OBJECTIVE: To define the microbial epidemiology and clinical risk factorms associated with peripartum bacteremia in the era of group B streptococcus prophylaxis.
METHODS: We identified all cases of maternal bacteremia occurring during the peripartum time period (defined as from 7 days before delivery until 30 days after delivery) in a large maternity center from 2000 to 2008. Chart review was performed to determine the clinical factors associated with bacteremia.
RESULTS: During the study period, blood cultures were obtained from 1,295 febrile peripartum women (1.6% of all parturients); 172 of 1,295 febrile peripartum women (13.3%) had bacteremia (2.2 cases per 1,000 deliveries) with 194 microbial isolates and 1 yeast. The most frequent bacterial isolates were Escherichia coli (35.9%), enterococci (23.6%), and anaerobic species (9.2%); group B streptococcus was isolated in only eight cases (4.1%). Clinical diagnoses among infected women included endometritis (56%), chorioamnionitis (21%), and urosepsis (8%). Among women with endometritis, 77% underwent cesarean delivery (compared with vaginal delivery; relative risk [RR] 10.85, 95% confidence interval [CI] 6.75–17.45) and 39% delivered at less than 37 weeks of gestation (compared with37 weeks or more; RR 3.21, 95% CI 2.42–4.25). Severe maternal complications of bacteremia were noted; six women required intensive care unit admission, five women had development of ileus, and one death occurred because of urosepsis.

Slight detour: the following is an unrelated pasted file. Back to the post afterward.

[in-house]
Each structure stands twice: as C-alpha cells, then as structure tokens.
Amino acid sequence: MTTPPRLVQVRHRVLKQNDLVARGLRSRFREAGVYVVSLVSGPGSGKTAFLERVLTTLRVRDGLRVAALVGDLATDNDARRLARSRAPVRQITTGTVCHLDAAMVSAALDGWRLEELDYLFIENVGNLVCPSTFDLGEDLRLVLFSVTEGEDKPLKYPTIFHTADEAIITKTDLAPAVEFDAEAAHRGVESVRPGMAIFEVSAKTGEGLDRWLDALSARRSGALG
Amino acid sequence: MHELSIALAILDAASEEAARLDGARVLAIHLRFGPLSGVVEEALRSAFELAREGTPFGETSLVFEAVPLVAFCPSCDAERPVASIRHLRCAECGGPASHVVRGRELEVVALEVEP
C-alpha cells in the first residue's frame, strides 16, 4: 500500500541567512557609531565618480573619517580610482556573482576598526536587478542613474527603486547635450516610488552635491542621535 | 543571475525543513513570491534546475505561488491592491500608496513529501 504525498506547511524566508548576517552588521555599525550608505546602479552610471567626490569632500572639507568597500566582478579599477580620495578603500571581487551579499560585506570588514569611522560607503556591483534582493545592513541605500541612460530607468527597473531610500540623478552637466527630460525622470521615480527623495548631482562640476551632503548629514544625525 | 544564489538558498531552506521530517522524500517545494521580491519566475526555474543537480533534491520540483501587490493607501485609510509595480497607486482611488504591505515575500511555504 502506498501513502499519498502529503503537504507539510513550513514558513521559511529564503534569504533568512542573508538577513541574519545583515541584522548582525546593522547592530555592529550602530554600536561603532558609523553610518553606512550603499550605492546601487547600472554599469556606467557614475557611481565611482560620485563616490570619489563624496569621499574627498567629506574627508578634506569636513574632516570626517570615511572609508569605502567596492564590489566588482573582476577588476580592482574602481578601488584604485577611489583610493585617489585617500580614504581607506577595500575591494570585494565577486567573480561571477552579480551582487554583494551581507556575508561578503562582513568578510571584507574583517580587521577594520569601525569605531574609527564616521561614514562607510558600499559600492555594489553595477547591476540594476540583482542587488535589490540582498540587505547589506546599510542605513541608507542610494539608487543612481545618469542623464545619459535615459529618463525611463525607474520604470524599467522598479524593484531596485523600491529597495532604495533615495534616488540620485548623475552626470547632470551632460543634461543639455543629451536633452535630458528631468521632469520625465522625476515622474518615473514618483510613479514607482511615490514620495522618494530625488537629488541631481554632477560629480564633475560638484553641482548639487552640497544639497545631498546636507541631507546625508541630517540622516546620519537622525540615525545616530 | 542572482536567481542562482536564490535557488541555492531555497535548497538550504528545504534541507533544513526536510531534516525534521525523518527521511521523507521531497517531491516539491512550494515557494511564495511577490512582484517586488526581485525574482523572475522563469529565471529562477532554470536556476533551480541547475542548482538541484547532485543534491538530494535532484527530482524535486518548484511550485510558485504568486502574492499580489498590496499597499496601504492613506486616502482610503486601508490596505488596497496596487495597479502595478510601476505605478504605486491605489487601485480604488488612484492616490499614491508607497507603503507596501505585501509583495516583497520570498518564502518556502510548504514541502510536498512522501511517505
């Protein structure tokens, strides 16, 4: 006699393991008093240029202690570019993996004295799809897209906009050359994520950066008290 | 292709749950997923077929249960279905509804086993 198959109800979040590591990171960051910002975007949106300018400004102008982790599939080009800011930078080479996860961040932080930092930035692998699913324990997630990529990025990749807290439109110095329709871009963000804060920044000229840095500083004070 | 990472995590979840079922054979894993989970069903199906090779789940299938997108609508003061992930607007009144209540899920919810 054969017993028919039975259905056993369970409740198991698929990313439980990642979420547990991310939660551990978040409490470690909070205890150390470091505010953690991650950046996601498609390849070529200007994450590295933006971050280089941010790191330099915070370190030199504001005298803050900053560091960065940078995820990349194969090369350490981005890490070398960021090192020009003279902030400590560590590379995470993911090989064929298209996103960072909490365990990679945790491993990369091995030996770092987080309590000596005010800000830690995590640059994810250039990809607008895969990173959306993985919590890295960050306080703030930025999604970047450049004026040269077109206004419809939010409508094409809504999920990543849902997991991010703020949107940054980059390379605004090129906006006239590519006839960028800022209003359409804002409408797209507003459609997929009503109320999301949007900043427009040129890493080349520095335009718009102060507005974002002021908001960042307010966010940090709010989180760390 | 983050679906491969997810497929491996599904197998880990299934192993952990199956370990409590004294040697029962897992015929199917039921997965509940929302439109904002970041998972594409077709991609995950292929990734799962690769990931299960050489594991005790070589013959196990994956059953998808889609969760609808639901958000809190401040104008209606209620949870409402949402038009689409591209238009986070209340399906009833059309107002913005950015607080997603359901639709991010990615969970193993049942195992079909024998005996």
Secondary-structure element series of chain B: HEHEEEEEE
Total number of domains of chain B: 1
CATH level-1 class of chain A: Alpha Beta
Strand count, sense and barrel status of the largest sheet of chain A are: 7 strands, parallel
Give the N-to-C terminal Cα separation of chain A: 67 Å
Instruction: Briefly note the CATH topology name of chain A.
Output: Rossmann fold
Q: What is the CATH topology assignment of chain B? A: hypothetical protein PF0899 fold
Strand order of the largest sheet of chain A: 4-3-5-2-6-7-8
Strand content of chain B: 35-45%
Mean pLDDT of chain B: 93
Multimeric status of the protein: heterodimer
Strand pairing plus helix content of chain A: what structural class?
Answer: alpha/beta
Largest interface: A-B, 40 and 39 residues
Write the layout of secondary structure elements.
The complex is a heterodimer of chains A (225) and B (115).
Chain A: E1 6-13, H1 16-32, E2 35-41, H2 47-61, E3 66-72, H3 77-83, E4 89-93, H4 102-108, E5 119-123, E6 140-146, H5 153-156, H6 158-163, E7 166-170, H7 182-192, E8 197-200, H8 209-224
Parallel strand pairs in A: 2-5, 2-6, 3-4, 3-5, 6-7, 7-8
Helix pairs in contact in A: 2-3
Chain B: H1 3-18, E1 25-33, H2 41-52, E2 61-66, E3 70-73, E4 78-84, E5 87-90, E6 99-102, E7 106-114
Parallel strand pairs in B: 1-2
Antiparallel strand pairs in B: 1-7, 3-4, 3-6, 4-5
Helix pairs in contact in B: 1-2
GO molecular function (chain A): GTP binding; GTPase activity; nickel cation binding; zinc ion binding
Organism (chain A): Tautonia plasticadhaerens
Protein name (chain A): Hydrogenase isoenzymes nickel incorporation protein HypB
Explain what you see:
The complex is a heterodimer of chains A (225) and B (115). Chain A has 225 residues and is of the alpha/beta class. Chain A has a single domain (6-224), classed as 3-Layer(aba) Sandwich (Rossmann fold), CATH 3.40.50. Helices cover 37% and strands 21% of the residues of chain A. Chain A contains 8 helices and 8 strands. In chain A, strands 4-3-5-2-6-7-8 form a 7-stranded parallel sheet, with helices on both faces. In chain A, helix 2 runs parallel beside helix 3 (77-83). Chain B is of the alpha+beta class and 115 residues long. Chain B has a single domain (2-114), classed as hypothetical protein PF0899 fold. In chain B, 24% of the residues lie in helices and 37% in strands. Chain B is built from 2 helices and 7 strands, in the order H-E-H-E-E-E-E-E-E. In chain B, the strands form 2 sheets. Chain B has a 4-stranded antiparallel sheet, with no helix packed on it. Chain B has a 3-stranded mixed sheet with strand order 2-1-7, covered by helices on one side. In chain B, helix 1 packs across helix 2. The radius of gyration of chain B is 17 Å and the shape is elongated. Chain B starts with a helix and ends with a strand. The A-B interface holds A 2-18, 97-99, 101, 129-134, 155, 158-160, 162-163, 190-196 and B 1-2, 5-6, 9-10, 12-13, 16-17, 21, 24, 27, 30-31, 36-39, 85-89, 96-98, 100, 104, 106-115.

CONCLUSION: In the era of group B streptococcus prophylaxis, E coli and enterococci are the most frequent bacteria isolated in peripartum bacteremia. Group B streptococcus accounted for only 4% of cases.
LEVEL OF EVIDENCE: III